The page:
Wednesday, January 27, 1965: Vietnam memo

National security adviser McGeorge Bundy and defense secretary Robert McNamara send to President Johnson a memo titled "Basic Policy in Vietnam." They state:

What we want to say to you is that both of us are now pretty well convinced that our current policy can lead only to disastrous defeat. What we are doing now, essentially, is to wait and hope for a stable government. ... We see two alternatives. The first is to use our military power in the Far East and to force a change of Communist policy. The second is to deploy all our resources along a track of negotiation, aimed at salvaging what little can be preserved with no major addition to our military risks. Bob and I tend to favor the first course, but we believe that both should be carefully studied and that alternative programs should be argued out before you. ... the time has come for harder choices.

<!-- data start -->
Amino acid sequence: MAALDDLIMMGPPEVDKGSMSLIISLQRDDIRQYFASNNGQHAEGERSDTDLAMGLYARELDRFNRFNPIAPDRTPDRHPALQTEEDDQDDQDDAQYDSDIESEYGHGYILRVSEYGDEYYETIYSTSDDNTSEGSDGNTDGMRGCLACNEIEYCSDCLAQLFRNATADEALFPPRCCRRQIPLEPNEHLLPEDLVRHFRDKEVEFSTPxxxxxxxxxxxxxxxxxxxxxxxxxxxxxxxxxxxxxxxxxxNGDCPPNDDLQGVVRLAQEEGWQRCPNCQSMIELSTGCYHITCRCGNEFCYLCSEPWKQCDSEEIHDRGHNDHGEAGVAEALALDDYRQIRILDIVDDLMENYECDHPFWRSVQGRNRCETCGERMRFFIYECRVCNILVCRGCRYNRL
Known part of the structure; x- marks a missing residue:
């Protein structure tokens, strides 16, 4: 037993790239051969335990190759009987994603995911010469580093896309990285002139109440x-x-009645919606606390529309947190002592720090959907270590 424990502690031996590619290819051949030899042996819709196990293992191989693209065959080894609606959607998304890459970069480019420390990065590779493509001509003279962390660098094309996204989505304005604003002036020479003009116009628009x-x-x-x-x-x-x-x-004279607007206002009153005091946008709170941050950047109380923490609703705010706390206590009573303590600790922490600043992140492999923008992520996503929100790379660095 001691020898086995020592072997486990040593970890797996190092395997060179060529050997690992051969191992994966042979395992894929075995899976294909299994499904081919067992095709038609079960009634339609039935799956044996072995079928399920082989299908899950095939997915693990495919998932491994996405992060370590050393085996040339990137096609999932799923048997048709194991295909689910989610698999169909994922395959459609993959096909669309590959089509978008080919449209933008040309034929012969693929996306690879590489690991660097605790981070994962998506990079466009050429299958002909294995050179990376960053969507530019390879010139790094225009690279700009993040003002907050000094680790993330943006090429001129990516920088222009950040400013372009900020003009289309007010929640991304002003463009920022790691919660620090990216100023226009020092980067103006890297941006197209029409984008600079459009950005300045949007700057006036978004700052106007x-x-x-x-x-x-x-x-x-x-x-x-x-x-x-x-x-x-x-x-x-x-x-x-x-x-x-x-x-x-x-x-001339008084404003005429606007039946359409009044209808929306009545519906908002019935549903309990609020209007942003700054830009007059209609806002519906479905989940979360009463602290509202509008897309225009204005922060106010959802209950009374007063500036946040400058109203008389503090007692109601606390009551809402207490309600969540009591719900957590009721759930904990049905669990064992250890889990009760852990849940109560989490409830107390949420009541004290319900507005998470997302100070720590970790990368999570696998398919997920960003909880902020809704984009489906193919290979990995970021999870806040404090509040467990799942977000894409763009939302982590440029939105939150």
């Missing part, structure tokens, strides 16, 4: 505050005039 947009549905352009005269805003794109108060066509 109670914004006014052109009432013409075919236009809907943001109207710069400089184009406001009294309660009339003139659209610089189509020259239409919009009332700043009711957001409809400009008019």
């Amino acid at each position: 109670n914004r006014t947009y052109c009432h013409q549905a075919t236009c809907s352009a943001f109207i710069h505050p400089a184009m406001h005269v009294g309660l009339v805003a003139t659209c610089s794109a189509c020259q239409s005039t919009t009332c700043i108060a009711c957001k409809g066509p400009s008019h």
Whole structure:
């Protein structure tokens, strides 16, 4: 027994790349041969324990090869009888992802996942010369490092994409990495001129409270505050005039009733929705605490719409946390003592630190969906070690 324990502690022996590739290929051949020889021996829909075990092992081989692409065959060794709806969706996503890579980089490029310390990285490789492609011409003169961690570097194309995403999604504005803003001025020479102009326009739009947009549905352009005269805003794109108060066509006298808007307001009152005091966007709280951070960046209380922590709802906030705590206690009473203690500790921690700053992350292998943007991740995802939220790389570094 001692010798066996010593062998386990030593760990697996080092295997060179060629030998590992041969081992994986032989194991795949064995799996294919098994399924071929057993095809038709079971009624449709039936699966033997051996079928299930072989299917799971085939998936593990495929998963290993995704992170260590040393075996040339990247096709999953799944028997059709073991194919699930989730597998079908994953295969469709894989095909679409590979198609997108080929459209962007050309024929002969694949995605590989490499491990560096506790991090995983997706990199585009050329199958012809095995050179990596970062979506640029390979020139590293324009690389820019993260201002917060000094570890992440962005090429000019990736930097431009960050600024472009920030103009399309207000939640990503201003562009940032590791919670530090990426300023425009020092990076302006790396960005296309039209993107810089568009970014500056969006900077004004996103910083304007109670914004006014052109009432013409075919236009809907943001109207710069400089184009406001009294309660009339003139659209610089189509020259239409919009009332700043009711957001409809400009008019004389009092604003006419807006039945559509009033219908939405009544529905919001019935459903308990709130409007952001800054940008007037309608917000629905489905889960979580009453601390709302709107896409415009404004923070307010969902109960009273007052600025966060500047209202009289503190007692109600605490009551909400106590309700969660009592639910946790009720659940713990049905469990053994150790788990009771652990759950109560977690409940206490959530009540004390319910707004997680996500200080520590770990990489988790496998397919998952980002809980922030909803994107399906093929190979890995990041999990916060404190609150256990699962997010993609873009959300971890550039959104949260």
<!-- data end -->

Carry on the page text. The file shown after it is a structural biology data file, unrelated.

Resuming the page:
This came to be known as the "fork in the road" or "fork in the Y" memo, though neither phrase was used.

     -- Photo (cropped) from July 23, 1965; from left, Johnson, McNamara and Bundy. Original White House image: @

* Full text of memo (from "Foreign Relations of the United States, 1964-1968): @
* Original document (from LBJ Library): @
* "Observations Re South Vietnam After Khanh's 'Re-Coup' " (January 27, by assistant secretary of defense J.T. McNaughton; from Pentagon Papers): @
* January 27 telegram from Johnson to Gen. Maxwell Taylor, U.S. ambassador to Vietnam (from FRUS): @
* "The War Council: McGeorge Bundy, the NSC, and Vietnam" (Andrew Preston, 2006): @
* "Argument Without End: In Search of Answers to the Vietnam Tragedy" (McNamara et al., 1999): @
* "American Tragedy: Kennedy, Johnson and the Origins of the Vietnam War" (David Kaiser, 2000): @
* "Choosing War: The Lost Chance for Peace and the Escalation of War in Vietnam" (Fredrik Logevall, 1999): @
* "The U.S. Government and the Vietnam War: Executive and Legislative Roles and Relationships, Part III" (William Conrad Gibbons, 1989): @
* "The Case for the Vietnam War" (W.W. Rostow, Times Literary Supplement, June 1995): @ 

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